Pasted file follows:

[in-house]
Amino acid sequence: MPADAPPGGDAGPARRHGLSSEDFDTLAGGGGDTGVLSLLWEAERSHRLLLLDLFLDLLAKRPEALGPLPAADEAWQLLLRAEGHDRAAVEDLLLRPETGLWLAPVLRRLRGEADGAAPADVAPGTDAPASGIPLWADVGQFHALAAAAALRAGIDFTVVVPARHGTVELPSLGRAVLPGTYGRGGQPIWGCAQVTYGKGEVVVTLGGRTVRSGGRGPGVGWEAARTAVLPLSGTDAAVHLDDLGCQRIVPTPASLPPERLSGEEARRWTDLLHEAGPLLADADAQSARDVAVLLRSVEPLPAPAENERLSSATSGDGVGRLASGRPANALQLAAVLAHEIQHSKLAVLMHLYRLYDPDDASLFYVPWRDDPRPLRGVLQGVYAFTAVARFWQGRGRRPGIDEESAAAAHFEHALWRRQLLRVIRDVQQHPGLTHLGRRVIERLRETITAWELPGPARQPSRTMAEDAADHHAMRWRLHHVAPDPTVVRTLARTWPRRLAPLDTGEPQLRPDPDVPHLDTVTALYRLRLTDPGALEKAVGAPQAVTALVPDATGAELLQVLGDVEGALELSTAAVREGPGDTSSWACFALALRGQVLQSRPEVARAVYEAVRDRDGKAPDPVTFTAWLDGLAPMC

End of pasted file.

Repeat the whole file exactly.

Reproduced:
[in-house]
Amino acid sequence: MPADAPPGGDAGPARRHGLSSEDFDTLAGGGGDTGVLSLLWEAERSHRLLLLDLFLDLLAKRPEALGPLPAADEAWQLLLRAEGHDRAAVEDLLLRPETGLWLAPVLRRLRGEADGAAPADVAPGTDAPASGIPLWADVGQFHALAAAAALRAGIDFTVVVPARHGTVELPSLGRAVLPGTYGRGGQPIWGCAQVTYGKGEVVVTLGGRTVRSGGRGPGVGWEAARTAVLPLSGTDAAVHLDDLGCQRIVPTPASLPPERLSGEEARRWTDLLHEAGPLLADADAQSARDVAVLLRSVEPLPAPAENERLSSATSGDGVGRLASGRPANALQLAAVLAHEIQHSKLAVLMHLYRLYDPDDASLFYVPWRDDPRPLRGVLQGVYAFTAVARFWQGRGRRPGIDEESAAAAHFEHALWRRQLLRVIRDVQQHPGLTHLGRRVIERLRETITAWELPGPARQPSRTMAEDAADHHAMRWRLHHVAPDPTVVRTLARTWPRRLAPLDTGEPQLRPDPDVPHLDTVTALYRLRLTDPGALEKAVGAPQAVTALVPDATGAELLQVLGDVEGALELSTAAVREGPGDTSSWACFALALRGQVLQSRPEVARAVYEAVRDRDGKAPDPVTFTAWLDGLAPMC